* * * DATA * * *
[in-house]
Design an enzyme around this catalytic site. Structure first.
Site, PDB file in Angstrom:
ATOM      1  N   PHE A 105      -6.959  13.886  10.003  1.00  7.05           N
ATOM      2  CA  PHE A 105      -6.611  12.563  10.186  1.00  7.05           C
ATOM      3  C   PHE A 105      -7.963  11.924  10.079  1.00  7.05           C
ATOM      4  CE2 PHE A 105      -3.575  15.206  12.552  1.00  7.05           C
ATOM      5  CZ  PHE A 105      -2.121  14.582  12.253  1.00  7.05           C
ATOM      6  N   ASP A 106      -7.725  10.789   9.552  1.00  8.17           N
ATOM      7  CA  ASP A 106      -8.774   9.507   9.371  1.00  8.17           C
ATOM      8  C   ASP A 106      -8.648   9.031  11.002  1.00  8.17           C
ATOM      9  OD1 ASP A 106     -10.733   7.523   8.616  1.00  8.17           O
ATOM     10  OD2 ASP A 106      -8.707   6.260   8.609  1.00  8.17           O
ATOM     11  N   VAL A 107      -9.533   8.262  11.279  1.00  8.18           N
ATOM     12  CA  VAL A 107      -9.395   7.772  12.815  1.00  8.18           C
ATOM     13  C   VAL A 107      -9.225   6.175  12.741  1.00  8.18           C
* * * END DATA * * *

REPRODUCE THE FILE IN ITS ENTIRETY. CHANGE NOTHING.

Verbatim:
[in-house]
Design an enzyme around this catalytic site. Structure first.
Site, PDB file in Angstrom:
ATOM      1  N   PHE A 105      -6.959  13.886  10.003  1.00  7.05           N
ATOM      2  CA  PHE A 105      -6.611  12.563  10.186  1.00  7.05           C
ATOM      3  C   PHE A 105      -7.963  11.924  10.079  1.00  7.05           C
ATOM      4  CE2 PHE A 105      -3.575  15.206  12.552  1.00  7.05           C
ATOM      5  CZ  PHE A 105      -2.121  14.582  12.253  1.00  7.05           C
ATOM      6  N   ASP A 106      -7.725  10.789   9.552  1.00  8.17           N
ATOM      7  CA  ASP A 106      -8.774   9.507   9.371  1.00  8.17           C
ATOM      8  C   ASP A 106      -8.648   9.031  11.002  1.00  8.17           C
ATOM      9  OD1 ASP A 106     -10.733   7.523   8.616  1.00  8.17           O
ATOM     10  OD2 ASP A 106      -8.707   6.260   8.609  1.00  8.17           O
ATOM     11  N   VAL A 107      -9.533   8.262  11.279  1.00  8.18           N
ATOM     12  CA  VAL A 107      -9.395   7.772  12.815  1.00  8.18           C
ATOM     13  C   VAL A 107      -9.225   6.175  12.741  1.00  8.18           C